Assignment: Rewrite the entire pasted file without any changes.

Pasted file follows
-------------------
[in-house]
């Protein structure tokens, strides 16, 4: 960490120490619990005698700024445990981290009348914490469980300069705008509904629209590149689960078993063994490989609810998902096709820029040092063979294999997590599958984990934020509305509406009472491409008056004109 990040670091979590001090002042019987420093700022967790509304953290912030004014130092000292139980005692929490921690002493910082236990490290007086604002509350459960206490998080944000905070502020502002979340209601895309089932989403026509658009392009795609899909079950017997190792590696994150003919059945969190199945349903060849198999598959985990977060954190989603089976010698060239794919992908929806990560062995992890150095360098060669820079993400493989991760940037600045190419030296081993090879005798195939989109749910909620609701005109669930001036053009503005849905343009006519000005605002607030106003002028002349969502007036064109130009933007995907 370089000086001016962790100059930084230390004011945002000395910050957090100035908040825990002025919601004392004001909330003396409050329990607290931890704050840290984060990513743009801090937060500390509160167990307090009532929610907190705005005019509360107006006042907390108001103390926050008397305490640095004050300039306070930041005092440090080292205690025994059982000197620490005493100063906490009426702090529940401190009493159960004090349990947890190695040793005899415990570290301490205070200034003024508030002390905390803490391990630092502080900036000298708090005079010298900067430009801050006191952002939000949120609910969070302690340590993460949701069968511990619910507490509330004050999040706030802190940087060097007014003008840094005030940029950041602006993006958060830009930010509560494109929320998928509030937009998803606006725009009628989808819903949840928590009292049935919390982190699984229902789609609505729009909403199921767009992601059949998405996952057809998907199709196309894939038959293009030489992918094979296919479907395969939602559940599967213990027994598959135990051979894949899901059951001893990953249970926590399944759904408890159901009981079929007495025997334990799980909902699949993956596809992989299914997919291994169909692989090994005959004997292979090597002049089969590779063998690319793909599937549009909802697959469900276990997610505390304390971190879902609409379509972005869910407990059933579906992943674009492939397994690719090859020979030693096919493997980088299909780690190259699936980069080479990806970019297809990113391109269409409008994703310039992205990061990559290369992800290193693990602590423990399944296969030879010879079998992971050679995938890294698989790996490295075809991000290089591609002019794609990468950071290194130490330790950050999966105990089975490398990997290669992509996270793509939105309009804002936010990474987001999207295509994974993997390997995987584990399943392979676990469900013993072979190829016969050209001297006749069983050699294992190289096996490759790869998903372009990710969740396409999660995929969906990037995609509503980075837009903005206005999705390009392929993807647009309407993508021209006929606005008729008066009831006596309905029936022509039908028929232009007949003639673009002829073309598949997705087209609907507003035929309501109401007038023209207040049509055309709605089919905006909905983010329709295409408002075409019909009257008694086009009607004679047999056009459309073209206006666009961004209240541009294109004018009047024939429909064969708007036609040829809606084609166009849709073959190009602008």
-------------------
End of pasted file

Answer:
[in-house]
């Protein structure tokens, strides 16, 4: 960490120490619990005698700024445990981290009348914490469980300069705008509904629209590149689960078993063994490989609810998902096709820029040092063979294999997590599958984990934020509305509406009472491409008056004109 990040670091979590001090002042019987420093700022967790509304953290912030004014130092000292139980005692929490921690002493910082236990490290007086604002509350459960206490998080944000905070502020502002979340209601895309089932989403026509658009392009795609899909079950017997190792590696994150003919059945969190199945349903060849198999598959985990977060954190989603089976010698060239794919992908929806990560062995992890150095360098060669820079993400493989991760940037600045190419030296081993090879005798195939989109749910909620609701005109669930001036053009503005849905343009006519000005605002607030106003002028002349969502007036064109130009933007995907 370089000086001016962790100059930084230390004011945002000395910050957090100035908040825990002025919601004392004001909330003396409050329990607290931890704050840290984060990513743009801090937060500390509160167990307090009532929610907190705005005019509360107006006042907390108001103390926050008397305490640095004050300039306070930041005092440090080292205690025994059982000197620490005493100063906490009426702090529940401190009493159960004090349990947890190695040793005899415990570290301490205070200034003024508030002390905390803490391990630092502080900036000298708090005079010298900067430009801050006191952002939000949120609910969070302690340590993460949701069968511990619910507490509330004050999040706030802190940087060097007014003008840094005030940029950041602006993006958060830009930010509560494109929320998928509030937009998803606006725009009628989808819903949840928590009292049935919390982190699984229902789609609505729009909403199921767009992601059949998405996952057809998907199709196309894939038959293009030489992918094979296919479907395969939602559940599967213990027994598959135990051979894949899901059951001893990953249970926590399944759904408890159901009981079929007495025997334990799980909902699949993956596809992989299914997919291994169909692989090994005959004997292979090597002049089969590779063998690319793909599937549009909802697959469900276990997610505390304390971190879902609409379509972005869910407990059933579906992943674009492939397994690719090859020979030693096919493997980088299909780690190259699936980069080479990806970019297809990113391109269409409008994703310039992205990061990559290369992800290193693990602590423990399944296969030879010879079998992971050679995938890294698989790996490295075809991000290089591609002019794609990468950071290194130490330790950050999966105990089975490398990997290669992509996270793509939105309009804002936010990474987001999207295509994974993997390997995987584990399943392979676990469900013993072979190829016969050209001297006749069983050699294992190289096996490759790869998903372009990710969740396409999660995929969906990037995609509503980075837009903005206005999705390009392929993807647009309407993508021209006929606005008729008066009831006596309905029936022509039908028929232009007949003639673009002829073309598949997705087209609907507003035929309501109401007038023209207040049509055309709605089919905006909905983010329709295409408002075409019909009257008694086009009607004679047999056009459309073209206006666009961004209240541009294109004018009047024939429909064969708007036609040829809606084609166009849709073959190009602008």